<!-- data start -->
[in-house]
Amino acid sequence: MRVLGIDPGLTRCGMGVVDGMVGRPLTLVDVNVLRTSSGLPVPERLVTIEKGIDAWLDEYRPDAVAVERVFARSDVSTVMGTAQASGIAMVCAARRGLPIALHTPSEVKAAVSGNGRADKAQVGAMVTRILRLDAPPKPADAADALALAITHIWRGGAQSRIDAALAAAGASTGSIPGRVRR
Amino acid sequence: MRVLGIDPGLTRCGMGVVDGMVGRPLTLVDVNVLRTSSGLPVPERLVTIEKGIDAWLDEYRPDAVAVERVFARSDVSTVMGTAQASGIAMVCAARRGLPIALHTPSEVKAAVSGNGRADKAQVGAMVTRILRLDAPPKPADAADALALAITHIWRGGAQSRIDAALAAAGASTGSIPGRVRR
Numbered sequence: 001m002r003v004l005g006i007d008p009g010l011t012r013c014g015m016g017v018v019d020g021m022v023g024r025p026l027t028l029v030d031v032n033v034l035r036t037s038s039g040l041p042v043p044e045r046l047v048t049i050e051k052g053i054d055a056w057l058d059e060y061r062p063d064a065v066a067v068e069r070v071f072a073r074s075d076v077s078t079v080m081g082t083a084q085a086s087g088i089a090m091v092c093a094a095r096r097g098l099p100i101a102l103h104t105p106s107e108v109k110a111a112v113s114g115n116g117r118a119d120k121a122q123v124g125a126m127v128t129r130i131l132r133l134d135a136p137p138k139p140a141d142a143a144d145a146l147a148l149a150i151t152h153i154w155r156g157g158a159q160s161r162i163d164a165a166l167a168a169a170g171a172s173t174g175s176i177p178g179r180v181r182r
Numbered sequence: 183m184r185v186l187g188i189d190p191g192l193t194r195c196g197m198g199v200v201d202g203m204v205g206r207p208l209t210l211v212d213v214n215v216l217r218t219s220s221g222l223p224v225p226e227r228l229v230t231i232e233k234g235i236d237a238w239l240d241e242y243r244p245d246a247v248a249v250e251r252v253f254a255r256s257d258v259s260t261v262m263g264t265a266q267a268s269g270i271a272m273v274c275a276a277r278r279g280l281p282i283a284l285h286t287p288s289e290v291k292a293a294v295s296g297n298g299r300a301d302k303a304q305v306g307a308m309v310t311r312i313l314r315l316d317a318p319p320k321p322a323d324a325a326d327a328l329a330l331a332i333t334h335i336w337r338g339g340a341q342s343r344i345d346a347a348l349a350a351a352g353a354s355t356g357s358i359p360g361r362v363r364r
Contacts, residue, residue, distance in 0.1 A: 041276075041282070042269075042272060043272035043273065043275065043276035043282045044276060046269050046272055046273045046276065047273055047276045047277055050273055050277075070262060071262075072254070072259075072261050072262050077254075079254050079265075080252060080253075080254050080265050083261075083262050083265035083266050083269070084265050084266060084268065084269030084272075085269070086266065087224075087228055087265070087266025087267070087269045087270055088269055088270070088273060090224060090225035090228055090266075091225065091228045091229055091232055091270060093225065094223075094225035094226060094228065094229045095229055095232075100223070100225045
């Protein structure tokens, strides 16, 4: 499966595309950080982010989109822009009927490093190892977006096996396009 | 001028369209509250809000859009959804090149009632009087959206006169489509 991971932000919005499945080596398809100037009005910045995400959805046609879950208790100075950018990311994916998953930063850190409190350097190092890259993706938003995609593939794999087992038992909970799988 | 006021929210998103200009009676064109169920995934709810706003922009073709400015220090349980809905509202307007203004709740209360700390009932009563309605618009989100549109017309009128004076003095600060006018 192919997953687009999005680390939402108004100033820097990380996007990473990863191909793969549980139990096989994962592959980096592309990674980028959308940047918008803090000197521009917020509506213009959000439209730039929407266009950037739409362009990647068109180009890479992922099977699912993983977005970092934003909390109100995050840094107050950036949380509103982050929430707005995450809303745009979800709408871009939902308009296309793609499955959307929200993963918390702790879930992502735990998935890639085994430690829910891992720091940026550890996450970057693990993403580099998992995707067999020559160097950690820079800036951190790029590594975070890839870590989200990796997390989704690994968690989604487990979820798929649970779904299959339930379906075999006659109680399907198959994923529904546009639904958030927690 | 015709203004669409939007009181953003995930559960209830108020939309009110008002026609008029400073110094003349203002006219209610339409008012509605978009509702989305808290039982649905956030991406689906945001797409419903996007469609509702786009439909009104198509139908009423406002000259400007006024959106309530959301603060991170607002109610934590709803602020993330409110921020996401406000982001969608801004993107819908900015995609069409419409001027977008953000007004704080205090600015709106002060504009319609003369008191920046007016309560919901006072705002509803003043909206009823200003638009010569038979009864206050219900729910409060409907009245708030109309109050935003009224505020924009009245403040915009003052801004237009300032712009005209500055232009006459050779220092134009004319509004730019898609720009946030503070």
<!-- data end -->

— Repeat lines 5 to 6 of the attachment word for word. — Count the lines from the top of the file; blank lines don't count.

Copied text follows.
Numbered sequence: 183m184r185v186l187g188i189d190p191g192l193t194r195c196g197m198g199v200v201d202g203m204v205g206r207p208l209t210l211v212d213v214n215v216l217r218t219s220s221g222l223p224v225p226e227r228l229v230t231i232e233k234g235i236d237a238w239l240d241e242y243r244p245d246a247v248a249v250e251r252v253f254a255r256s257d258v259s260t261v262m263g264t265a266q267a268s269g270i271a272m273v274c275a276a277r278r279g280l281p282i283a284l285h286t287p288s289e290v291k292a293a294v295s296g297n298g299r300a301d302k303a304q305v306g307a308m309v310t311r312i313l314r315l316d317a318p319p320k321p322a323d324a325a326d327a328l329a330l331a332i333t334h335i336w337r338g339g340a341q342s343r344i345d346a347a348l349a350a351a352g353a354s355t356g357s358i359p360g361r362v363r364r
Contacts, residue, residue, distance in 0.1 A: 041276075041282070042269075042272060043272035043273065043275065043276035043282045044276060046269050046272055046273045046276065047273055047276045047277055050273055050277075070262060071262075072254070072259075072261050072262050077254075079254050079265075080252060080253075080254050080265050083261075083262050083265035083266050083269070084265050084266060084268065084269030084272075085269070086266065087224075087228055087265070087266025087267070087269045087270055088269055088270070088273060090224060090225035090228055090266075091225065091228045091229055091232055091270060093225065094223075094225035094226060094228065094229045095229055095232075100223070100225045